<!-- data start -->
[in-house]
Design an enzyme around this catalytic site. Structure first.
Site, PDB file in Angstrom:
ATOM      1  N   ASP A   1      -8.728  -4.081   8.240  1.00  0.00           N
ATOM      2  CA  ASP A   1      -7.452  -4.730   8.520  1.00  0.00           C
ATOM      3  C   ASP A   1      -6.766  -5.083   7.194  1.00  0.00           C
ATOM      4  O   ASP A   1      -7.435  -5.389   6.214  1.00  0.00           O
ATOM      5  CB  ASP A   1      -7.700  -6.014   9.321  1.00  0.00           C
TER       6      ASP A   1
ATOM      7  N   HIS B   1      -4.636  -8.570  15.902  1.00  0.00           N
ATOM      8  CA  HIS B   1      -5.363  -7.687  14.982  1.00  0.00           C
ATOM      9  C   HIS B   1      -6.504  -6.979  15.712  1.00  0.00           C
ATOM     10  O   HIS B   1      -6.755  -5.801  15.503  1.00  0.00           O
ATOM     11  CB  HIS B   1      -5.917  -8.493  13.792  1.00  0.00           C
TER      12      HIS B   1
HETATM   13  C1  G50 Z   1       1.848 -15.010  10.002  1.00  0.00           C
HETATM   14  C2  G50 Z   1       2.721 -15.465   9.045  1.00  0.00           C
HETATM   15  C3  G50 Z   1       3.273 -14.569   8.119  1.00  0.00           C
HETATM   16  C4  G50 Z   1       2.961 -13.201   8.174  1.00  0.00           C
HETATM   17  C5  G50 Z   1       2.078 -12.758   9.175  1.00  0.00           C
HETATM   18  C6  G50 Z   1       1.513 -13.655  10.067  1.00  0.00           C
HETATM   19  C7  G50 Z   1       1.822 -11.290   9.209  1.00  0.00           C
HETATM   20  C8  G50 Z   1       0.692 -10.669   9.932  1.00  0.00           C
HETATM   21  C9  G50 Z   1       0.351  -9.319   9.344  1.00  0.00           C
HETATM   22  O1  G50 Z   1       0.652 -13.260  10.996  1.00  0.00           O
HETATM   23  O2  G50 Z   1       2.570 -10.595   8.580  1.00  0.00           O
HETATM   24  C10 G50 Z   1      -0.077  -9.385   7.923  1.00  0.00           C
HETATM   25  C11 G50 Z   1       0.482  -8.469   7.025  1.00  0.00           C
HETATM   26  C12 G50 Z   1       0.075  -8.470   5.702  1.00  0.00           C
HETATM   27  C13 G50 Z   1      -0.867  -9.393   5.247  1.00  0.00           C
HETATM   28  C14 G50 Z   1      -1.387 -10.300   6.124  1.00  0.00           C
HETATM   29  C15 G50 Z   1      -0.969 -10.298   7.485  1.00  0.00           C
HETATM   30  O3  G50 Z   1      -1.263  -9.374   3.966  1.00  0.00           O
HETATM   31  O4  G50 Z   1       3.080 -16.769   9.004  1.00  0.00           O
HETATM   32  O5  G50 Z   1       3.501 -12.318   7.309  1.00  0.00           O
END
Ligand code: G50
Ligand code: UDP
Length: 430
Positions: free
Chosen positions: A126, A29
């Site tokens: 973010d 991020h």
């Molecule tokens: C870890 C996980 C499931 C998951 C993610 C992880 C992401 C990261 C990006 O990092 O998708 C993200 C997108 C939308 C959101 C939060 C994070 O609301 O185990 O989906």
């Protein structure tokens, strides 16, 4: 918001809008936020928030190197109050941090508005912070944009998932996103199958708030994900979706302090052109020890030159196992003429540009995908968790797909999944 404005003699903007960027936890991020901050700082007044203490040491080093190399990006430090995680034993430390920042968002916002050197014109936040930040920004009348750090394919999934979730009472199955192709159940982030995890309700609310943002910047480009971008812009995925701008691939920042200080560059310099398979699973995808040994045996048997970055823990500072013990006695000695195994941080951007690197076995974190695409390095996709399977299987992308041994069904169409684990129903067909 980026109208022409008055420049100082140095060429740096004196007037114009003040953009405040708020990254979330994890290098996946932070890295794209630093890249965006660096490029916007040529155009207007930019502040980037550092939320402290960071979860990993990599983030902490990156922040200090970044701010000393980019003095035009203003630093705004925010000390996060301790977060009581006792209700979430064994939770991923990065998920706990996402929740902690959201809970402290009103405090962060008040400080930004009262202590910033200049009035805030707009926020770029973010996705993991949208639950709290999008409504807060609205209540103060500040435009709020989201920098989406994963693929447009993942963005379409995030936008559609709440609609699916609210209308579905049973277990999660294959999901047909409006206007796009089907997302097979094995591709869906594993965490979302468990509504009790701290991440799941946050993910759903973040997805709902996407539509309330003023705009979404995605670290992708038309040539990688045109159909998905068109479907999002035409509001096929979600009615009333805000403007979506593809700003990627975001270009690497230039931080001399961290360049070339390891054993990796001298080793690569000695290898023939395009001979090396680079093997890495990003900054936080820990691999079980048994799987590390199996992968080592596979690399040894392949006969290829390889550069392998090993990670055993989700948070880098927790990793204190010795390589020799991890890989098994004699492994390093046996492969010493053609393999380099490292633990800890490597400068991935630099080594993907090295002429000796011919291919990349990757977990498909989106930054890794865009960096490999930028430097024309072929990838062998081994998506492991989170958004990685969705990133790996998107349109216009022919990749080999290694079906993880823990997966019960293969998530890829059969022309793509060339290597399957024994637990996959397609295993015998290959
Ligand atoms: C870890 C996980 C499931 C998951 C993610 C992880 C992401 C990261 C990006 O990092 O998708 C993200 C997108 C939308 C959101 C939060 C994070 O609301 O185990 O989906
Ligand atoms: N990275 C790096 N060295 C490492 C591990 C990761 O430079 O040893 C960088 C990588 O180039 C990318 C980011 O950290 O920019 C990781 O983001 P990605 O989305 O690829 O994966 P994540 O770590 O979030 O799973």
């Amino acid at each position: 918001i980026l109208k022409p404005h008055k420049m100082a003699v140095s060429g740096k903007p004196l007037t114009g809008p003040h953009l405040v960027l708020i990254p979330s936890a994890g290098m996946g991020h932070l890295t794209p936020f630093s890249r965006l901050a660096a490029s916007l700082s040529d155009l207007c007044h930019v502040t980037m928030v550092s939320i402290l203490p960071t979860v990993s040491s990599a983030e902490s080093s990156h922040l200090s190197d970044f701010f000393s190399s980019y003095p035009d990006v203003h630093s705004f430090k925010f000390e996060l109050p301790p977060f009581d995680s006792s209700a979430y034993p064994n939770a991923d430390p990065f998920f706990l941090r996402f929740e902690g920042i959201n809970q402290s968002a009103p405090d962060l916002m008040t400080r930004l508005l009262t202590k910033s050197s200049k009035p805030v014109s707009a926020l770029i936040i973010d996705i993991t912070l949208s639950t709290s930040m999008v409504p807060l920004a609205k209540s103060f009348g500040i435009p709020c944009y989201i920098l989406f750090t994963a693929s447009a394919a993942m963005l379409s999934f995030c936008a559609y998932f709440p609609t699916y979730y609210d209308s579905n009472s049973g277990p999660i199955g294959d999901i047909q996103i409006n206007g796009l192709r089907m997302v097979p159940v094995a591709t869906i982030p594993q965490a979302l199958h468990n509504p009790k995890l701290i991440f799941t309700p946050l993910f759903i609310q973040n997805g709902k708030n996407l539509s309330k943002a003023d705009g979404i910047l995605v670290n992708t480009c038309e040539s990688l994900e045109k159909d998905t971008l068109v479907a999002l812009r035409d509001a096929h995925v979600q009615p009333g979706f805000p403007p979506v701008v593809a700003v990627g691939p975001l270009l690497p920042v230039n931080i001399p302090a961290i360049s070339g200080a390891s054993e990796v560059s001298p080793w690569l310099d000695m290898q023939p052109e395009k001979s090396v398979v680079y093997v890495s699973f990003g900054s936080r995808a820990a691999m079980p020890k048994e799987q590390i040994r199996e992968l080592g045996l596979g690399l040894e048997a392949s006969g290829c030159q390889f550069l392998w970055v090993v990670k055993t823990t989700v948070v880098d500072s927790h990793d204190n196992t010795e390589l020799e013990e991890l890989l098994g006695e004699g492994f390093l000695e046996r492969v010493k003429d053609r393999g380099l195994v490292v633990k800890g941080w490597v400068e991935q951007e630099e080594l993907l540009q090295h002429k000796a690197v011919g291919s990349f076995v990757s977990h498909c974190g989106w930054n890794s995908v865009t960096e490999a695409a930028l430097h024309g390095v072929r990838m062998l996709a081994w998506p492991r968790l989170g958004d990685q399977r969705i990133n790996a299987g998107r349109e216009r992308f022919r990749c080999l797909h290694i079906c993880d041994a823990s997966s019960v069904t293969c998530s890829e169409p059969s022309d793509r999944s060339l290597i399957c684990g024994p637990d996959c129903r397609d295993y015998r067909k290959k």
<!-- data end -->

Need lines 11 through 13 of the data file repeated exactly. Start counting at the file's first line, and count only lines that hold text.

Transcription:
ATOM      8  CA  HIS B   1      -5.363  -7.687  14.982  1.00  0.00           C
ATOM      9  C   HIS B   1      -6.504  -6.979  15.712  1.00  0.00           C
ATOM     10  O   HIS B   1      -6.755  -5.801  15.503  1.00  0.00           O